Thursday, January 28, 2010

Garrison Keillor wryly observes life in two-hour monologue

Garrison Keillor, the writer and radio personality, showed off his awesome ability for spinning story after story without stopping for a sip of water on Tuesday evening (January 26th) at the Arlene Schnitzer Concert Hall. This was the first of two one-man shows that were sponsored by the Oregon Symphony, and Keillor easily kept the audience engaged with his finely honed, amusing and ironic tales of life in the fictional town of Lake Woebegon, Minnesota and some autobiographical stories as well.

After Keillor, a tall and lanky fellow, came out on the stage, he launched into a ballad-song that consisted of a series of poems (or perhaps sonnets - as he claimed). In his light baritone (he used a microphone), he made many unusual rhymes: "Oh Lord, please exist" with something about an atheist, Fred Allen and Magellen. I think that Keillor extended his attempt to be a troubadour a little too long, though, because its repetitive melody became boring.

He had much more success with his regular storytelling, weaving one story into another, taking a detour but also coming back to the main thread. He combined terrific timing with a minimum of movement and gestures to make his points. One of the central themes involved his stoic upbringing in a harsh climate ("winter is nature's attempt to kill you") so that you can learn to overcome adversity. In fact, you should be grateful for adversity and suffering. There were humorous stories about a farmer who punched a cow that had farted in his face, about taking a leak on an extremely cold winter evening in the middle of nowhere, and about a man who shovelled snow off his roof and then fell asleep - only to wake up and find that he was stuck to the roof. The funniest stories involved a female cousin hiding from an irate schoolteacher and a man with a bowling ball of cremains para-glided nude above a bunch of Lutheran pastors.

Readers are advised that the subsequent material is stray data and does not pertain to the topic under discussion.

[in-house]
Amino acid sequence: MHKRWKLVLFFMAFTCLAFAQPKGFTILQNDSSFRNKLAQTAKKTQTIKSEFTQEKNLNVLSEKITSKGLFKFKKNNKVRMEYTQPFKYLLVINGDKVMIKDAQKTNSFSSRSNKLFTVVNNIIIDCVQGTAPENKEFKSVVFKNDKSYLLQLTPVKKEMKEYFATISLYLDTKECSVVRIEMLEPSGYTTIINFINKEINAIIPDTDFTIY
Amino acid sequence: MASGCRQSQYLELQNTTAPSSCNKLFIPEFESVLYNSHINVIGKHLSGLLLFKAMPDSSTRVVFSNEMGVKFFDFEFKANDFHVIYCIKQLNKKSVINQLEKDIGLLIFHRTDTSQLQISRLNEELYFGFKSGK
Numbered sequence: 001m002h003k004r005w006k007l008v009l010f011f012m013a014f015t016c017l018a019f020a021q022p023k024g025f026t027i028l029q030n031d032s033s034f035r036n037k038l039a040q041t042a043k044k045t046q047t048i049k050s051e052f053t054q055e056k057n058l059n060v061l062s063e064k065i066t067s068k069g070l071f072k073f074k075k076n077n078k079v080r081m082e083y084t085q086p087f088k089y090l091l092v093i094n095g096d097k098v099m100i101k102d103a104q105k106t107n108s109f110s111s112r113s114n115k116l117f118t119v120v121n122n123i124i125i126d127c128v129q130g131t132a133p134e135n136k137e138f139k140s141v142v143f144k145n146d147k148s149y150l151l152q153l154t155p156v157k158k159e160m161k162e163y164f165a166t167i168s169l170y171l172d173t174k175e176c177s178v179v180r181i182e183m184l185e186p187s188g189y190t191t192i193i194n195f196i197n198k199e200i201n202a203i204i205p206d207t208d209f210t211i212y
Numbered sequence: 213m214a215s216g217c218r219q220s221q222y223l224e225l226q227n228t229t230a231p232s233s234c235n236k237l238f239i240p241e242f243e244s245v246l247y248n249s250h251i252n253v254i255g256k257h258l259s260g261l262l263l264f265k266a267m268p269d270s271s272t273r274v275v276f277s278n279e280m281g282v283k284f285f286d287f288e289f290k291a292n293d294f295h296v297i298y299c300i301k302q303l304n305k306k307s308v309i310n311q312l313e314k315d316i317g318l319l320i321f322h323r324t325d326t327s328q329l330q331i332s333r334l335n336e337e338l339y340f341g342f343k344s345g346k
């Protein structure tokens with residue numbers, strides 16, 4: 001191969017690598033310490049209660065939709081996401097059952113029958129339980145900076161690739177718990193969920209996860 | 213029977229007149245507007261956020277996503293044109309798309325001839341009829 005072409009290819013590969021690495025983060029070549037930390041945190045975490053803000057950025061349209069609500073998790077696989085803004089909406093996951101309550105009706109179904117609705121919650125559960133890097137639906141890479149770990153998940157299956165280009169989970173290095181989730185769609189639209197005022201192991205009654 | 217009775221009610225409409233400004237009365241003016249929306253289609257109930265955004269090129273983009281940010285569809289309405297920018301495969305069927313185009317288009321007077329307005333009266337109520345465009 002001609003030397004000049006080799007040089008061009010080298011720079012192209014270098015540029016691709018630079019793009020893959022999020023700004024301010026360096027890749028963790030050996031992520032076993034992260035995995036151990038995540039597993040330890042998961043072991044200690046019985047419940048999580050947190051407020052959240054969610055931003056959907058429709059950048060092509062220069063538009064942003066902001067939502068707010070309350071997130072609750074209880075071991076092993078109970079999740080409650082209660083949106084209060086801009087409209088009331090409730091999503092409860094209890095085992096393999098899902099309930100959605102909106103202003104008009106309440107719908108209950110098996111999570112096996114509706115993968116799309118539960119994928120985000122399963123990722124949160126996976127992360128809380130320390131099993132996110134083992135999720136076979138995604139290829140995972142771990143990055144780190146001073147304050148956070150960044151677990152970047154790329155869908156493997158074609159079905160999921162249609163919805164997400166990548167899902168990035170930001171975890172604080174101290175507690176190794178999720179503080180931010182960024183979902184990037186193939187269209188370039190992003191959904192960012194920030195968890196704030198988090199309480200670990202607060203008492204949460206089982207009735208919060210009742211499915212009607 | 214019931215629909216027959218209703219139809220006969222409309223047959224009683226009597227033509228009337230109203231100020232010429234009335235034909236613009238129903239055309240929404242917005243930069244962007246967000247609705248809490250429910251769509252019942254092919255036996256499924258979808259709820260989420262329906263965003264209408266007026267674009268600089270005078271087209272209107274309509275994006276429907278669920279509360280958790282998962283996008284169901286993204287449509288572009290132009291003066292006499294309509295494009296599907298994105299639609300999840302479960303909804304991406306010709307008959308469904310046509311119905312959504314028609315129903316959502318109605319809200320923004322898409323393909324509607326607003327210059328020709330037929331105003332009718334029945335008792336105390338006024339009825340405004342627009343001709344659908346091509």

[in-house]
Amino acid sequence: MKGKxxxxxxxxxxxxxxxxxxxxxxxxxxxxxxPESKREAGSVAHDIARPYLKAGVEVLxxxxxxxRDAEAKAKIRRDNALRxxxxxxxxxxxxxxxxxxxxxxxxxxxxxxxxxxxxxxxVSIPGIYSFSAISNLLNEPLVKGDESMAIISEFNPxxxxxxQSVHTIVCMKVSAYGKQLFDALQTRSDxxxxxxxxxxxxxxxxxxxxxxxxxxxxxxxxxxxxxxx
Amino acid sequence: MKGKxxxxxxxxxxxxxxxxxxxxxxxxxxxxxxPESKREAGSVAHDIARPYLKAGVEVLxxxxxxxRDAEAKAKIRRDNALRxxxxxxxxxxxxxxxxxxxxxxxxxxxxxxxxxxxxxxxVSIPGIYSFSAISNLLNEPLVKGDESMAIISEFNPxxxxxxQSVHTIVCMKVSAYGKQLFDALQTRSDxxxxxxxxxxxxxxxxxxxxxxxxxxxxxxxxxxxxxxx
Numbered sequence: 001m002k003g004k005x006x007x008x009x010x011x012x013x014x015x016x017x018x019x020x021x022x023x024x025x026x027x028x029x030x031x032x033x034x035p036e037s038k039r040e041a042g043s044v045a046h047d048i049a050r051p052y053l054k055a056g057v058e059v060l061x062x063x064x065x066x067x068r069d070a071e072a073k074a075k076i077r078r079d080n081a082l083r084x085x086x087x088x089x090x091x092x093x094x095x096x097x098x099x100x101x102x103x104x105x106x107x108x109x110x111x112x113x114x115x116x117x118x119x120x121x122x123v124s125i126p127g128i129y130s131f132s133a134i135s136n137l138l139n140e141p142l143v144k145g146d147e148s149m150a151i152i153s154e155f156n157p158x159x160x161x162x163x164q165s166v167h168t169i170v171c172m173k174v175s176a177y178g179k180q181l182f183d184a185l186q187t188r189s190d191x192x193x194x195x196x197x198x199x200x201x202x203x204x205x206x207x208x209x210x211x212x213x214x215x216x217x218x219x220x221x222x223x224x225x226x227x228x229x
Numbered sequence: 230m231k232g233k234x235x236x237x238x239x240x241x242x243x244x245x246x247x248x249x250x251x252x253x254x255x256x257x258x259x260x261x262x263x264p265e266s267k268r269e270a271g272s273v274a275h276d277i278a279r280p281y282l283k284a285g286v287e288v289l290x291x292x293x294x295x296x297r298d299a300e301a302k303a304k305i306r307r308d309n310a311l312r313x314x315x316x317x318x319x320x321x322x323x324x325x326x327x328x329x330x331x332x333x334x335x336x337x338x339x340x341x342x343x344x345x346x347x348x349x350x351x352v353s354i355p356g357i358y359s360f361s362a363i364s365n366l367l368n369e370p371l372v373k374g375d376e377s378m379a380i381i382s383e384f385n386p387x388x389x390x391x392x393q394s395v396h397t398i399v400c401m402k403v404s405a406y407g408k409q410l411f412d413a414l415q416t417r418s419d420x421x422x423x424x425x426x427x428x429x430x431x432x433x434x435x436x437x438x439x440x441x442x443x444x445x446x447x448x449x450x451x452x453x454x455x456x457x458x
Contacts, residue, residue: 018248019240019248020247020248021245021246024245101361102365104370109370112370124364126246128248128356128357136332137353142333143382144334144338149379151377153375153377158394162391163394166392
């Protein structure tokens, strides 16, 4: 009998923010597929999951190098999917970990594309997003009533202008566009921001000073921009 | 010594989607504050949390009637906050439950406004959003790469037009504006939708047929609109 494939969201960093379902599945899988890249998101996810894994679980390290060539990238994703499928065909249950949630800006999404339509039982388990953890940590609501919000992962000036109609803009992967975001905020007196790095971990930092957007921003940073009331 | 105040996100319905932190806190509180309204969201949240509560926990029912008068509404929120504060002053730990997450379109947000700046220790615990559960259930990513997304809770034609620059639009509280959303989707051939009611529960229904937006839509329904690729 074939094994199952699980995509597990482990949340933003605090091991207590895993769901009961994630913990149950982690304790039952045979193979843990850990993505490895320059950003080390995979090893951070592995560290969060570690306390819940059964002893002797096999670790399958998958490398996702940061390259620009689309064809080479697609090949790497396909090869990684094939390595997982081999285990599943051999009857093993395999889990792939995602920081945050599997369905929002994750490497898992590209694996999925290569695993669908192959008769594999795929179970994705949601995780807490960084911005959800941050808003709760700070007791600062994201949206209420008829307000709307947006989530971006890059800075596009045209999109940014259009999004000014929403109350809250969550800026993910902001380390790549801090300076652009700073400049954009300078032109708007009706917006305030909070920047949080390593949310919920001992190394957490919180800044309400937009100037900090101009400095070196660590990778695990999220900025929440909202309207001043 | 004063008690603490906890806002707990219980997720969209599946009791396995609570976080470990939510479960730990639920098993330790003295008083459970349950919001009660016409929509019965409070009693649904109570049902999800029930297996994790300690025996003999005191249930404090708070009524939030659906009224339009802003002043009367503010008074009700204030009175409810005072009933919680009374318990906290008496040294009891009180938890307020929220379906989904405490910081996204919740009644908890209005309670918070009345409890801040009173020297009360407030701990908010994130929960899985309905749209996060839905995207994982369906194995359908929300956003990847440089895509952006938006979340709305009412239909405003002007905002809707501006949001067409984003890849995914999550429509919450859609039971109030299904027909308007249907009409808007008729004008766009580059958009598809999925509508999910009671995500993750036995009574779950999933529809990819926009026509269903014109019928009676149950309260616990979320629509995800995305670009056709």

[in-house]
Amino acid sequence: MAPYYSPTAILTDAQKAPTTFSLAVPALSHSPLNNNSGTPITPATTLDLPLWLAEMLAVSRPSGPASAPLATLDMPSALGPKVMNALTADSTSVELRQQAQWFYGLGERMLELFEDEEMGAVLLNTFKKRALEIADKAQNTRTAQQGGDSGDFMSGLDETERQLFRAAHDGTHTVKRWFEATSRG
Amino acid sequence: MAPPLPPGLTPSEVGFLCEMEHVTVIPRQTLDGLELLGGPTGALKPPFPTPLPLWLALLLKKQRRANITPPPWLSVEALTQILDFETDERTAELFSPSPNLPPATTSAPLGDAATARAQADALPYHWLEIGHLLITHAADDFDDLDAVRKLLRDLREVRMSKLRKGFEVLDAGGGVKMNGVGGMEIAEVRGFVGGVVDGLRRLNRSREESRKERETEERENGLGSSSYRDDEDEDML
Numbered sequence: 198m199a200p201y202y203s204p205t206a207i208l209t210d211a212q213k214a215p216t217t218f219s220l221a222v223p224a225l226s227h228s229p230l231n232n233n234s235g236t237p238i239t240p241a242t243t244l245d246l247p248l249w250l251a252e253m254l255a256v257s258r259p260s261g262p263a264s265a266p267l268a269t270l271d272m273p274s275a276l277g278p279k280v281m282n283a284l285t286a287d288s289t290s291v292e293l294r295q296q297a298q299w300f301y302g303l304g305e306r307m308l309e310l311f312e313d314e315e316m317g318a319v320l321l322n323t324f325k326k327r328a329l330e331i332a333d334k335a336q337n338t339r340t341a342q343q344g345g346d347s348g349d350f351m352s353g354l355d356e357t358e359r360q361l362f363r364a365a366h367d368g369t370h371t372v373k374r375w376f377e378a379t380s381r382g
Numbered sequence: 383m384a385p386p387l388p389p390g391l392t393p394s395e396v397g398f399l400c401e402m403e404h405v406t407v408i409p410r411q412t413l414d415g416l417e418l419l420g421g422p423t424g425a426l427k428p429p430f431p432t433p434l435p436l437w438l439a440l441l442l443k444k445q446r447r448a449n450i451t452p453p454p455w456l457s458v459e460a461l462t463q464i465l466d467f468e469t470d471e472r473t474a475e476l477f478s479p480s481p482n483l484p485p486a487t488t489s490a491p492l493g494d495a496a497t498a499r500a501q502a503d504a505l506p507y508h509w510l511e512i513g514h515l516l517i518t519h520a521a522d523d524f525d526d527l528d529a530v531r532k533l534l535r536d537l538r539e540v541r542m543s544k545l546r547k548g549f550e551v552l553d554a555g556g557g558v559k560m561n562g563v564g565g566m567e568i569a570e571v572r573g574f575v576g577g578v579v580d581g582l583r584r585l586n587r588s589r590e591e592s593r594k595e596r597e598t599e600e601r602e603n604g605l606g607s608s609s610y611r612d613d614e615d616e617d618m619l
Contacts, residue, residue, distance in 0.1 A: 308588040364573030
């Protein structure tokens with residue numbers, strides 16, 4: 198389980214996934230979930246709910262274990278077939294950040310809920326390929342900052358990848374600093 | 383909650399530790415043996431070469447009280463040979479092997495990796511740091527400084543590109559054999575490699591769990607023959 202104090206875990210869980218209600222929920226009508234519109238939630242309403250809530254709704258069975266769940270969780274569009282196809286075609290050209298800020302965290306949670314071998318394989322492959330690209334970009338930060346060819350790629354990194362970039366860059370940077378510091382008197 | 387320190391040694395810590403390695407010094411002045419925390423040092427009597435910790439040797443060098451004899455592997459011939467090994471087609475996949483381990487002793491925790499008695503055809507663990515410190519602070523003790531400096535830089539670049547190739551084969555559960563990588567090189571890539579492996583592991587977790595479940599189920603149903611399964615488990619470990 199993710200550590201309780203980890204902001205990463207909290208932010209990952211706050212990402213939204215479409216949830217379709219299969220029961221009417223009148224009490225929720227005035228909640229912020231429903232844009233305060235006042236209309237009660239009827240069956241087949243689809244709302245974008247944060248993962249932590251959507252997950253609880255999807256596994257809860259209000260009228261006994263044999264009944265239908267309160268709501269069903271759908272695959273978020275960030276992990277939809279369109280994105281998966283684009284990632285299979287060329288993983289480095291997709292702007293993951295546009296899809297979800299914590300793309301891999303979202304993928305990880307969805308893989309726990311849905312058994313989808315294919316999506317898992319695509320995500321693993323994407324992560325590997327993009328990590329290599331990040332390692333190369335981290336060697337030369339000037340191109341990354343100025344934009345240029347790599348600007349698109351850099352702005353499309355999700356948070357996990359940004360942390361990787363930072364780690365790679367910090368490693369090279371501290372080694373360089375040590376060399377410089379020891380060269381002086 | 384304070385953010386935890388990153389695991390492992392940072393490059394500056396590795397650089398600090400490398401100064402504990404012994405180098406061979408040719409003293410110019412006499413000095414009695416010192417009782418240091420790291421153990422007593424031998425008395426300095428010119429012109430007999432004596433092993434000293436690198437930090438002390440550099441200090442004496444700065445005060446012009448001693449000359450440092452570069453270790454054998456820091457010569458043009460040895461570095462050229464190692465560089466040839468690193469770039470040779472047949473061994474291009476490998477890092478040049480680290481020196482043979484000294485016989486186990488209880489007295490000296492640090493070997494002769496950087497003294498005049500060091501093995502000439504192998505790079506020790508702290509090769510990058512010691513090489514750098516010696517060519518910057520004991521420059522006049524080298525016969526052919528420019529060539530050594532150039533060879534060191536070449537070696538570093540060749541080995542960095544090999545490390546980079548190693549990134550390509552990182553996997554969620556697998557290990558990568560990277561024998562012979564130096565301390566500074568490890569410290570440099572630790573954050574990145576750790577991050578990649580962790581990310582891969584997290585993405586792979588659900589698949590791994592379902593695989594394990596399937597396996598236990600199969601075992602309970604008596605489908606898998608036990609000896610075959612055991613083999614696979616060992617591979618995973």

Keillor also reflected humorously on turning 67 years old and the stroke that he experienced a few months ago. He also talked about making peace with a relative who had been carrying a grudge. According to Keillor, a peace offering has to be something homemade and you don't bring up whatever caused the rift in the first place. Instead, you just pretend that it never happened.

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